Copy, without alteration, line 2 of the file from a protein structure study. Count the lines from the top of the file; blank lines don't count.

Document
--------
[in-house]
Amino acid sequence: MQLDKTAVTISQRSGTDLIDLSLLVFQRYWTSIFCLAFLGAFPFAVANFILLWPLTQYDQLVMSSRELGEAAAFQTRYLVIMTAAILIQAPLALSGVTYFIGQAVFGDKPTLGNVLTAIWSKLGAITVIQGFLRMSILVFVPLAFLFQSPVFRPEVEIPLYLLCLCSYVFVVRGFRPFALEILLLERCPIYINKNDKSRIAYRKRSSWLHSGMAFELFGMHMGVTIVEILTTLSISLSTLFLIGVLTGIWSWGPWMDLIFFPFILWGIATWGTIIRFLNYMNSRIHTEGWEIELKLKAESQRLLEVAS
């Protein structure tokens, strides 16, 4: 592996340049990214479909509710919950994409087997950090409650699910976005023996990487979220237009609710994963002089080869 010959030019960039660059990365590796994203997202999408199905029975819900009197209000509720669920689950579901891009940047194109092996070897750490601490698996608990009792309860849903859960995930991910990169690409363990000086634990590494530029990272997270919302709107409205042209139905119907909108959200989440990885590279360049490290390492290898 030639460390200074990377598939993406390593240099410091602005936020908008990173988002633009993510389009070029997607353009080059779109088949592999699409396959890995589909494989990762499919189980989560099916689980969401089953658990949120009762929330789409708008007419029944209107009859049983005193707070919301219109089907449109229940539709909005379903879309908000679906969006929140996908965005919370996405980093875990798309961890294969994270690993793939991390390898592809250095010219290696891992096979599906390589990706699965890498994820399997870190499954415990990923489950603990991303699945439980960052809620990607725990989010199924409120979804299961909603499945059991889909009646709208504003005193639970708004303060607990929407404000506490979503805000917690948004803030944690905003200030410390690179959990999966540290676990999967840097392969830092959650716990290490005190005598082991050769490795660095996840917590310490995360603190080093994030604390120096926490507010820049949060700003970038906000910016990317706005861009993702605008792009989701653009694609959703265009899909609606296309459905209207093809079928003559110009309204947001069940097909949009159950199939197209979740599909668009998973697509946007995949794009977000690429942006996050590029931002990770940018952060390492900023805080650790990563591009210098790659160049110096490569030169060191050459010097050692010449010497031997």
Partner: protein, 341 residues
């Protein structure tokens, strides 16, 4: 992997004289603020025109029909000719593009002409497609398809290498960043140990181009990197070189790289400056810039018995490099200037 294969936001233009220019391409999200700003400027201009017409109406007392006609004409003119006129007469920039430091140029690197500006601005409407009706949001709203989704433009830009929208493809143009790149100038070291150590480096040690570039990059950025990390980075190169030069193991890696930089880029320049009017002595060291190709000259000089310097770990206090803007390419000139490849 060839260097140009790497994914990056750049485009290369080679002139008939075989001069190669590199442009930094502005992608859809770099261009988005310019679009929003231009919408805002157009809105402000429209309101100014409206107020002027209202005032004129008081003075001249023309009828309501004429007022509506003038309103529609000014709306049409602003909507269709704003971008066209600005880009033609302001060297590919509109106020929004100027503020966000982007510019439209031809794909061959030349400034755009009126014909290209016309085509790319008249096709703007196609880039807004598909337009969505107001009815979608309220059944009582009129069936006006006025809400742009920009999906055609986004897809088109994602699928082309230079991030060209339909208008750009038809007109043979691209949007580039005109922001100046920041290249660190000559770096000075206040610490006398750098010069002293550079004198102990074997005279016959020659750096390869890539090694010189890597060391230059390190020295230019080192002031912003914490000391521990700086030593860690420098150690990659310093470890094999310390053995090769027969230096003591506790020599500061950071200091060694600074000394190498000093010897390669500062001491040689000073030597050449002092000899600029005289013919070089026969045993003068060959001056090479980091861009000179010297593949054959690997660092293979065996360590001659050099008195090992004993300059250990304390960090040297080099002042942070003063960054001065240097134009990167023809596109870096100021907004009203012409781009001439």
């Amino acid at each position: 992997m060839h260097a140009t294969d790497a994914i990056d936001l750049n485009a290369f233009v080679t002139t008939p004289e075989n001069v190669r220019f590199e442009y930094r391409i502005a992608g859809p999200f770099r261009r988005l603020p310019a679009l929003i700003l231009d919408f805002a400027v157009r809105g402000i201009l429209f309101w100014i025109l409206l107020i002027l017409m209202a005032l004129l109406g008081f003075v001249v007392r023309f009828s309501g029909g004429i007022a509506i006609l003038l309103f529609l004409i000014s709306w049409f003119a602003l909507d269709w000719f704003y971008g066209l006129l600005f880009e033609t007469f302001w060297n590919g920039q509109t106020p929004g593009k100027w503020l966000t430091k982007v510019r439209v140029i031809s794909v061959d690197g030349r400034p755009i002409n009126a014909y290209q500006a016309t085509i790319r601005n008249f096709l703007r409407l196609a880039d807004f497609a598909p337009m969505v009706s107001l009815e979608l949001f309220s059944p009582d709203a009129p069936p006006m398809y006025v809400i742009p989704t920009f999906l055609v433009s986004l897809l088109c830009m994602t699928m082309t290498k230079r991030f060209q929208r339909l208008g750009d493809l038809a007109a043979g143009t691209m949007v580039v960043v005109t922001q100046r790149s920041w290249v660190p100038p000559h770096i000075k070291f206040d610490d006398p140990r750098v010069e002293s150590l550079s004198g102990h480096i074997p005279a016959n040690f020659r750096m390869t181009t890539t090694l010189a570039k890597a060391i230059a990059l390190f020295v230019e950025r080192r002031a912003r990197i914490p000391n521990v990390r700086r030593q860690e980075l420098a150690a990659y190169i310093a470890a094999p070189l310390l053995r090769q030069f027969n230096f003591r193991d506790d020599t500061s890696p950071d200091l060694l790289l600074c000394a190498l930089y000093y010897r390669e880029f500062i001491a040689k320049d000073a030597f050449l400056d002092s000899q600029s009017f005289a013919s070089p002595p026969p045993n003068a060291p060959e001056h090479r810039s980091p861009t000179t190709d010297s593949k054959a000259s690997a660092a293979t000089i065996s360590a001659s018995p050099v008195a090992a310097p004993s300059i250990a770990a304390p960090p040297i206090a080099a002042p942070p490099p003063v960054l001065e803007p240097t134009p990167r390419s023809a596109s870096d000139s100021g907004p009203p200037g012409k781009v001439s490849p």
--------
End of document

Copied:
Amino acid sequence: MQLDKTAVTISQRSGTDLIDLSLLVFQRYWTSIFCLAFLGAFPFAVANFILLWPLTQYDQLVMSSRELGEAAAFQTRYLVIMTAAILIQAPLALSGVTYFIGQAVFGDKPTLGNVLTAIWSKLGAITVIQGFLRMSILVFVPLAFLFQSPVFRPEVEIPLYLLCLCSYVFVVRGFRPFALEILLLERCPIYINKNDKSRIAYRKRSSWLHSGMAFELFGMHMGVTIVEILTTLSISLSTLFLIGVLTGIWSWGPWMDLIFFPFILWGIATWGTIIRFLNYMNSRIHTEGWEIELKLKAESQRLLEVAS